NAPA COUNTY — Napa County will soon transition to the state’s MyTurn tool that enables residents to be notified when they are eligible for a coronavirus vaccination, county officials said this week. Up until now, the county has used a localized sign-up form for vaccine-eligible residents, who are then contacted by county staff with instructions and a vaccine clinic invitation. County officials asked eligible residents to register using the localized Vaccine Interest Form by 5 p.m. Friday, as the county intends to switch to the state’s MyTurn tool by the end of the month. Vaccine-eligible residents under age 75 who have already registered using the county’s system will not have to re-register, according to the county, but eligible residents who have not yet registered are encouraged to do so using MyTurn. Read More

BART To Offer Free Rides From Oakland Coliseum Mass Vaccination Site
OAKLAND — BART announced it would offer free rides for those who receive their COVID-19 shots at the Oakland Coliseum mass vaccination site, which is set to open next week. The transit agency said people receiving vaccines at the site can receive a free $7 ticket for their return trip home, which is enough fare to get to all stations except for San Francisco International Airport. Patients would need to show their vaccination card to receive the free ticket. Officials said extra staff would be on hand at Coliseum to give the tickets and to provide assistance for people who have mobility challenges to get to and from the vaccination site and the station. Read More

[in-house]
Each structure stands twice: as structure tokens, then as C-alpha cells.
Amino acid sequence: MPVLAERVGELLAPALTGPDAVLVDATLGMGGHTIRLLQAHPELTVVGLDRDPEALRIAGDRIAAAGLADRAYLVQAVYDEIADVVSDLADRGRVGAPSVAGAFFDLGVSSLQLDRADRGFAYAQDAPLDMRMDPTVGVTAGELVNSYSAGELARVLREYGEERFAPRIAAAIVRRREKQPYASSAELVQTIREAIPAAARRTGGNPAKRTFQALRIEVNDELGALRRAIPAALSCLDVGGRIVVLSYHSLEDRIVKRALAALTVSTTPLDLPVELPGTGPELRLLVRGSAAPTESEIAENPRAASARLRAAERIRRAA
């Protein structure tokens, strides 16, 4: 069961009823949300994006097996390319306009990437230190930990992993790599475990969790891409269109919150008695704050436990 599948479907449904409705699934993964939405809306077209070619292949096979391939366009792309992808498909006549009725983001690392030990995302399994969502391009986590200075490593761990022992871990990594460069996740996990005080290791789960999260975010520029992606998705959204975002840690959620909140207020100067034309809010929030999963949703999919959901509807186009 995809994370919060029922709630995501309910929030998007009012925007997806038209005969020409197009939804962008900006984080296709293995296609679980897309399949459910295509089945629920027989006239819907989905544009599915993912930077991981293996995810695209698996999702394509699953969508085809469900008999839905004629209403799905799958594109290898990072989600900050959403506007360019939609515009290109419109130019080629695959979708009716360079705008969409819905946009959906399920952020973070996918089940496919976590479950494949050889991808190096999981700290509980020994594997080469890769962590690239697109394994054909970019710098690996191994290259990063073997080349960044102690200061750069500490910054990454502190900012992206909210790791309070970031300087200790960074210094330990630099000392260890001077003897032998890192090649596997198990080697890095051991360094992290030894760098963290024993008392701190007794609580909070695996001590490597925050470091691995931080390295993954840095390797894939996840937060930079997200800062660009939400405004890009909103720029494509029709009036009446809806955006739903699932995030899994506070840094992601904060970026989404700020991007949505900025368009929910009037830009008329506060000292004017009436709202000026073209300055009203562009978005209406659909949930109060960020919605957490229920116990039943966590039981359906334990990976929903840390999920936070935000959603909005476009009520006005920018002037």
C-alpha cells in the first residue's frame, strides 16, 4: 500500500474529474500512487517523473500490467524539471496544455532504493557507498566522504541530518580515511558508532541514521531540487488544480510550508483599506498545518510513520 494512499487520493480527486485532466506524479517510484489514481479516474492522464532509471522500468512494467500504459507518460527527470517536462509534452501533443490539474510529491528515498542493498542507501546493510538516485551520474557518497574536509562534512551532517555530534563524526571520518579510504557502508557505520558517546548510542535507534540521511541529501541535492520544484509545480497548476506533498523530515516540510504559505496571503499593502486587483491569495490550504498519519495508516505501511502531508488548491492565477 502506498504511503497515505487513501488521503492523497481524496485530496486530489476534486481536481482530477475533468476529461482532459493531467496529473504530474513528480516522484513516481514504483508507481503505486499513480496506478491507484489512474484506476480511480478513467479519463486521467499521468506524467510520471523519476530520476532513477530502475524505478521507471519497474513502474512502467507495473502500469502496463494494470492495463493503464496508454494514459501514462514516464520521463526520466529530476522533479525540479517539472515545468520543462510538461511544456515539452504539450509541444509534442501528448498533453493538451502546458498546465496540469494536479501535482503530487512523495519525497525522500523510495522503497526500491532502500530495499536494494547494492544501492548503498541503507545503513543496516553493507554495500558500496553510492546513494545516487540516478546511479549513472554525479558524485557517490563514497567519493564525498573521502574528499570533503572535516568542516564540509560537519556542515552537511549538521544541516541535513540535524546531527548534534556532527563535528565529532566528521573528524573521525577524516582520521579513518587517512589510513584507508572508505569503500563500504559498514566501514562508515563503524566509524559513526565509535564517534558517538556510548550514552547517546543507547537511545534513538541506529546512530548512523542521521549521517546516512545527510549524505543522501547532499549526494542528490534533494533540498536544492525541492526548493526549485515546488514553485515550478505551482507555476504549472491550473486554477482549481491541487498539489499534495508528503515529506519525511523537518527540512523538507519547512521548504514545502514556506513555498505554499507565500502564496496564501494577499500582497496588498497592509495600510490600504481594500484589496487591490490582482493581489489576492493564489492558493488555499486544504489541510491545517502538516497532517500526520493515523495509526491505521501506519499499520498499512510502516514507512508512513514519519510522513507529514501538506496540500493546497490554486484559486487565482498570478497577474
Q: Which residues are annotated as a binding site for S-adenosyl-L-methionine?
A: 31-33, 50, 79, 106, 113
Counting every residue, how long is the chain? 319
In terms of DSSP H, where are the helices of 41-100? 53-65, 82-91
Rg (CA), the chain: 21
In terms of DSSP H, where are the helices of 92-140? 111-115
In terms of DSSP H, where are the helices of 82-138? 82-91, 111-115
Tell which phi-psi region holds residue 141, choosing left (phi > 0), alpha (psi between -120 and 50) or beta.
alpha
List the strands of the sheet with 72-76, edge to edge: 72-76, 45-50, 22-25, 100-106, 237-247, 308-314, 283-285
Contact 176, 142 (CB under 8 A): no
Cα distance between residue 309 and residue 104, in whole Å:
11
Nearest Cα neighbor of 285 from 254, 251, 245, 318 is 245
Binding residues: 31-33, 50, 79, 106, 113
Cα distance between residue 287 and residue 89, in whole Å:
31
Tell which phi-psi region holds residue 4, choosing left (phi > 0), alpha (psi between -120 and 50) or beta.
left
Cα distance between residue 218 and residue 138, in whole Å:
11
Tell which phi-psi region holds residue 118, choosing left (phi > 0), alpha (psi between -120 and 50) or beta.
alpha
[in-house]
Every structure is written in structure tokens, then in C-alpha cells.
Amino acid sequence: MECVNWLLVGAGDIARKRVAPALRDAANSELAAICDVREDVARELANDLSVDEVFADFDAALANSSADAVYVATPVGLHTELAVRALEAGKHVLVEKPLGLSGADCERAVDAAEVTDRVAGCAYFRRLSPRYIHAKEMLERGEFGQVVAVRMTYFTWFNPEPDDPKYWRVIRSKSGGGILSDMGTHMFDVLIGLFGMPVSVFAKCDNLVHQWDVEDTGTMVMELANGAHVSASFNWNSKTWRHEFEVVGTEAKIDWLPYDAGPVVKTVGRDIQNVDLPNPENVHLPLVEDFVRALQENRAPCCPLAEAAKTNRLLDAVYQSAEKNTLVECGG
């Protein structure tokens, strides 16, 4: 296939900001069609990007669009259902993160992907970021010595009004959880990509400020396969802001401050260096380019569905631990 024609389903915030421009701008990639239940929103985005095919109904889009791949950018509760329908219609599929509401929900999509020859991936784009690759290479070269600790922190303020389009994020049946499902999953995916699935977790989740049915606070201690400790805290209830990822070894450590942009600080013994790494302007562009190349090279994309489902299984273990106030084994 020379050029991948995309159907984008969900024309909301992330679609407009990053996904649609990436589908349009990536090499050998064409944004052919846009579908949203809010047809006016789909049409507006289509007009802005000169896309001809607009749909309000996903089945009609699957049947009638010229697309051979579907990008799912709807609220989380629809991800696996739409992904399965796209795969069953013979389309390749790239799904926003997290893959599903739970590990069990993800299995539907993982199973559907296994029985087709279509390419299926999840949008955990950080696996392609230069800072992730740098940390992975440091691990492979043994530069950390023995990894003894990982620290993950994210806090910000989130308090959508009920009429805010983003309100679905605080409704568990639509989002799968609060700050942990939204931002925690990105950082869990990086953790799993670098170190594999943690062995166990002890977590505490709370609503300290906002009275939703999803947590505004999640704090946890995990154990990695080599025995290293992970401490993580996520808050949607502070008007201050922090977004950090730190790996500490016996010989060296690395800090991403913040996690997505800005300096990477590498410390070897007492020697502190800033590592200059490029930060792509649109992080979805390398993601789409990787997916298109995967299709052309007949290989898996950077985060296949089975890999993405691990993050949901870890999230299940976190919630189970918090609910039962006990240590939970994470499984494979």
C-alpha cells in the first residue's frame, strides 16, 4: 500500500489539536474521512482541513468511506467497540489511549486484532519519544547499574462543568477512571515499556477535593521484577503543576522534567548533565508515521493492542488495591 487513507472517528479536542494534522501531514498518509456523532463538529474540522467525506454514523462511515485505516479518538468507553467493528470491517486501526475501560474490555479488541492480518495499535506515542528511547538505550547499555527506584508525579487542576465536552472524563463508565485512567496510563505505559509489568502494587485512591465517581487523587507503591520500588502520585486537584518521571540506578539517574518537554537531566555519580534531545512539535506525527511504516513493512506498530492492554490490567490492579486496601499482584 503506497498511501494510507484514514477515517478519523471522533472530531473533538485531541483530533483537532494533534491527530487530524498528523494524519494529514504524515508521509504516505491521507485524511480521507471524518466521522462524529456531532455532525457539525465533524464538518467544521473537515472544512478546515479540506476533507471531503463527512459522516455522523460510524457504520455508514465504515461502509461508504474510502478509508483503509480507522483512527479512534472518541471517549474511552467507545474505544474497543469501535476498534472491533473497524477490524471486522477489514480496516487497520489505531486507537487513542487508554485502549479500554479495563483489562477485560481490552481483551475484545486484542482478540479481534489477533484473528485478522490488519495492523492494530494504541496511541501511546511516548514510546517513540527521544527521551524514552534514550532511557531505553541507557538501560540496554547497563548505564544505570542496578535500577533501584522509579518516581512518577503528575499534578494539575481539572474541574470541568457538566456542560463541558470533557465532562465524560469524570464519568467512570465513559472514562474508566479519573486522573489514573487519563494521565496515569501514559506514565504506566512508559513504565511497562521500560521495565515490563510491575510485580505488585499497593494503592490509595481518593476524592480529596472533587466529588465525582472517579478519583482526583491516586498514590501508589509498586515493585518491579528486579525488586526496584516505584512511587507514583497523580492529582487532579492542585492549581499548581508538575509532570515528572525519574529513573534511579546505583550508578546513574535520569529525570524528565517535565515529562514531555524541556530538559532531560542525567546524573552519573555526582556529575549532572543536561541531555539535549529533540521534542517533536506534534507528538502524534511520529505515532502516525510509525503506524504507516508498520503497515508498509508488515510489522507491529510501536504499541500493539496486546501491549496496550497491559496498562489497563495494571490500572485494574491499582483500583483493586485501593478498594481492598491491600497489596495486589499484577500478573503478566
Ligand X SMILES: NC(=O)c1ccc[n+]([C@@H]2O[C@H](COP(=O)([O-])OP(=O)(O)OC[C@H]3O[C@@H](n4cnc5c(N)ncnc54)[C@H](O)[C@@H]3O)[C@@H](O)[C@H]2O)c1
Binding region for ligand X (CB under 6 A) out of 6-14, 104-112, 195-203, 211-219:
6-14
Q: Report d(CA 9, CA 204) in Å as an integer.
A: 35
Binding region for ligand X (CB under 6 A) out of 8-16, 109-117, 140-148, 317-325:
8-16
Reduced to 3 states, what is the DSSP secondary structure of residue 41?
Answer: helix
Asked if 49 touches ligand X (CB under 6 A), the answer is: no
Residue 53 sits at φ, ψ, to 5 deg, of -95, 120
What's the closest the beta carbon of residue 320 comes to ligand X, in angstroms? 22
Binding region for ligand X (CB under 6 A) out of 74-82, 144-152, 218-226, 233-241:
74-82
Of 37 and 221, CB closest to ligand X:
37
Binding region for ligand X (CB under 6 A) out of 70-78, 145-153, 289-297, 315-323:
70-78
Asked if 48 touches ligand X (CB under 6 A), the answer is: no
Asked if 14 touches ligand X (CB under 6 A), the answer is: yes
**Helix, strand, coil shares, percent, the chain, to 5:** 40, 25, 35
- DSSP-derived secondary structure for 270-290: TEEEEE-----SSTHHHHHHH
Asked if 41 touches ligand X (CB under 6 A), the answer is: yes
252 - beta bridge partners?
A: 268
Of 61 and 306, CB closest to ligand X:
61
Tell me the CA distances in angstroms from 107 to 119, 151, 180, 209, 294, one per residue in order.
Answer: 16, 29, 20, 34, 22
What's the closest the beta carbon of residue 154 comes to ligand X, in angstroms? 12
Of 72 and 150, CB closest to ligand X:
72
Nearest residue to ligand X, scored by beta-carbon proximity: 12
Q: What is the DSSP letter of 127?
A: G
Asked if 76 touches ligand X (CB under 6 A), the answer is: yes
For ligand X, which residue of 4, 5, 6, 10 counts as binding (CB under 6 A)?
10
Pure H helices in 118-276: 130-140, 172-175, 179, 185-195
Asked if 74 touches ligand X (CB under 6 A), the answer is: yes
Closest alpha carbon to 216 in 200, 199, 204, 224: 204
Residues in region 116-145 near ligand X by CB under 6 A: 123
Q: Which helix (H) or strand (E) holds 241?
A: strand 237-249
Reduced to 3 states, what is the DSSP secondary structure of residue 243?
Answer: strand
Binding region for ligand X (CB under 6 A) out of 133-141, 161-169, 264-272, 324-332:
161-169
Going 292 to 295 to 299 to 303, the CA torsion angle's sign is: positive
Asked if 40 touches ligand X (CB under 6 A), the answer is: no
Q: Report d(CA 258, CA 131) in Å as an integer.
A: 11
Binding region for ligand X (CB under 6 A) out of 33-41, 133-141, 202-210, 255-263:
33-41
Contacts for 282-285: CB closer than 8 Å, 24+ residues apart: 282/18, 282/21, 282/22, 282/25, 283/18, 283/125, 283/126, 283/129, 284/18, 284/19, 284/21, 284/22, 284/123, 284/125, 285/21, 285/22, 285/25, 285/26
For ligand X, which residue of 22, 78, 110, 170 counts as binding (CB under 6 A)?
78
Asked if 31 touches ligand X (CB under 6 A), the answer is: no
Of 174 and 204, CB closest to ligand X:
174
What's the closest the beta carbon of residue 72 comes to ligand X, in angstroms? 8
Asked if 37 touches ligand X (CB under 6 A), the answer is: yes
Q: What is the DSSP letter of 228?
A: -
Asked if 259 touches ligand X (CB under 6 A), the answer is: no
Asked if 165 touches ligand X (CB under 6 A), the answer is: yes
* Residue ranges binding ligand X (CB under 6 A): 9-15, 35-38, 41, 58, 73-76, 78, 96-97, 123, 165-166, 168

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Third Stimulus Check: How Much Could Your Next Relief Payment Be?
SAN FRANCISCO — A third stimulus check seems to grow more and more certain by the day. As the economic toll of the ongoing COVID pandemic continues to mount, President Joe Biden and politicians on both sides of the aisle support putting more money in the pockets of Americans as soon as possible. While a relief payment seems likely, how much and when remain in question. A $1,400 stimulus check is part of the $1.9 trillion relief package proposed by the Biden administration. The American Rescue Plan, in its current form, would also include more unemployment benefits, an improved child tax credit and additional aid for millions of Americans in dire economic straits because of the ongoing COVID-19 pandemic. Democrats control both houses of Congress and have signaled their willingness to pass stimulus legislation on a straight party-line vote if they have to. They’ve also paved the way for budget reconciliation, which would let them sidestep the filibuster in the Senate and pass stimulus with a simple majority. Read More